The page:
By Steve Simms
"Ecclesiology" is a big word that has a very big sounding definition: "theology as applied to the nature and structure of the Christian Church." However, Christianity began, not as formal church (needing an intellectual course of study), programmed and structured like churches are today.
Early Christianity met mainly in people's homes for the first 300 years. Through out the New Testament you see numerous references to Christians meeting in private houses, but not one reference to church buildings.
Why? The first Christian gatherings were so free, spontaneous, and Spirit-led that they didn't require fancy, institutionalized structures or religious organizations to function. Instead, those early Christian assemblies were gatherings where people learned to hear and obey the risen Jesus and then to minister to one another as He directed them. People had the freedom to open up and to really get to know what others were thinking and experiencing.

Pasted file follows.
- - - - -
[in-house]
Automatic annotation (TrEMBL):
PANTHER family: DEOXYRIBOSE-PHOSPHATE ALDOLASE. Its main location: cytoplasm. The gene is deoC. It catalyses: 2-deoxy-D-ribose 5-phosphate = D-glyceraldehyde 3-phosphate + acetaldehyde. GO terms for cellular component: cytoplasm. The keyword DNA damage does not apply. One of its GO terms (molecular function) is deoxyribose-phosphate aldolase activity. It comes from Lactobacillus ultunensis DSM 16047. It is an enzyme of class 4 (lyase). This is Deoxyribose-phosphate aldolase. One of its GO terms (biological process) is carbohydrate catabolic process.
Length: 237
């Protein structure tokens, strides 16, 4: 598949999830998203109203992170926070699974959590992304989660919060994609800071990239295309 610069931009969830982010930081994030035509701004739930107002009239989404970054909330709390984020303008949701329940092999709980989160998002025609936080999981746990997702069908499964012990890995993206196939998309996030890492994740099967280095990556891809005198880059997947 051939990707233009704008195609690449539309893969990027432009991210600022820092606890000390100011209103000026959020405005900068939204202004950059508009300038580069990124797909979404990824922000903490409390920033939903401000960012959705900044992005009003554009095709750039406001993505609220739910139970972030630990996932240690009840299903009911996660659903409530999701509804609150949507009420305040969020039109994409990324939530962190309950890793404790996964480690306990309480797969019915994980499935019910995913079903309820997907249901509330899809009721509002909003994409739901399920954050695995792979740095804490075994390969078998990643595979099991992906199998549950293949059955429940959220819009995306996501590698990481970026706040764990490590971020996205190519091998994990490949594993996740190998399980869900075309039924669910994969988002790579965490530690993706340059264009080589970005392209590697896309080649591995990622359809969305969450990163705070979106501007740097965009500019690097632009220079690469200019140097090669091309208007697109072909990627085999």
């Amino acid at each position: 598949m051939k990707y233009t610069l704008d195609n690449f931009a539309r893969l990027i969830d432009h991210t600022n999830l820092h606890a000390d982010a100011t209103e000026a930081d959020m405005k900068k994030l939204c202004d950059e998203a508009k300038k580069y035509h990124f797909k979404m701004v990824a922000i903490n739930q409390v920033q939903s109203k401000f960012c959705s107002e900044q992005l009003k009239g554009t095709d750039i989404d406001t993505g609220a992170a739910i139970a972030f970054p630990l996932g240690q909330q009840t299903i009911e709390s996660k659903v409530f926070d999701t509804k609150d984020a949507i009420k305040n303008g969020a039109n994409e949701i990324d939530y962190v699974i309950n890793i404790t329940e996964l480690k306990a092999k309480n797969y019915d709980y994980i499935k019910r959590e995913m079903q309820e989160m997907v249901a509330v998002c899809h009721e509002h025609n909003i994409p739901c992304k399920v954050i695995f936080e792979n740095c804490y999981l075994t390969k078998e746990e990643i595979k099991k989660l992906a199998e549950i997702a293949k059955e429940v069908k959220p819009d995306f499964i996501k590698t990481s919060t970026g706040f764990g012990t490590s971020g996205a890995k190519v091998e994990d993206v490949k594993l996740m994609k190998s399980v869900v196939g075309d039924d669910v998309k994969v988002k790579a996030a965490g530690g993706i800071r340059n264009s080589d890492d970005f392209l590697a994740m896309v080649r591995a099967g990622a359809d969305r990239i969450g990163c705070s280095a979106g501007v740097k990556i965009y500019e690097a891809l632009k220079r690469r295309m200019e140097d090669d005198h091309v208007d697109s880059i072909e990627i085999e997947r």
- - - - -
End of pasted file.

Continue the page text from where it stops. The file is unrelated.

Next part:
Jesus and others in the New Testament called those first-three-century Christian meetings, ekklesias, which is best translated as "assemblies," not as "churches." Ekklesia was also the name of the city council in ancient Greek city/states.
So what happened? Ekklesia (the Spirit-led, Christian assembly) gradually morphed into the institutional church (IC). Eventually the concept of prechurch ekklesia was mostly forgotten, and much of the amazing power of early, prechurch Christianity was lost!
Would you like to get that early Christian power back in your life? And in worldwide Christianity? The book: ONE: Unfolding God's Eternal Purpose From House To House shows how. It's a step by step, practical "ecclesiology" of how Christ-followers can experience Jesus like never before, by going beyond formal church and beginning to assemble in home meetings led by the living Jesus.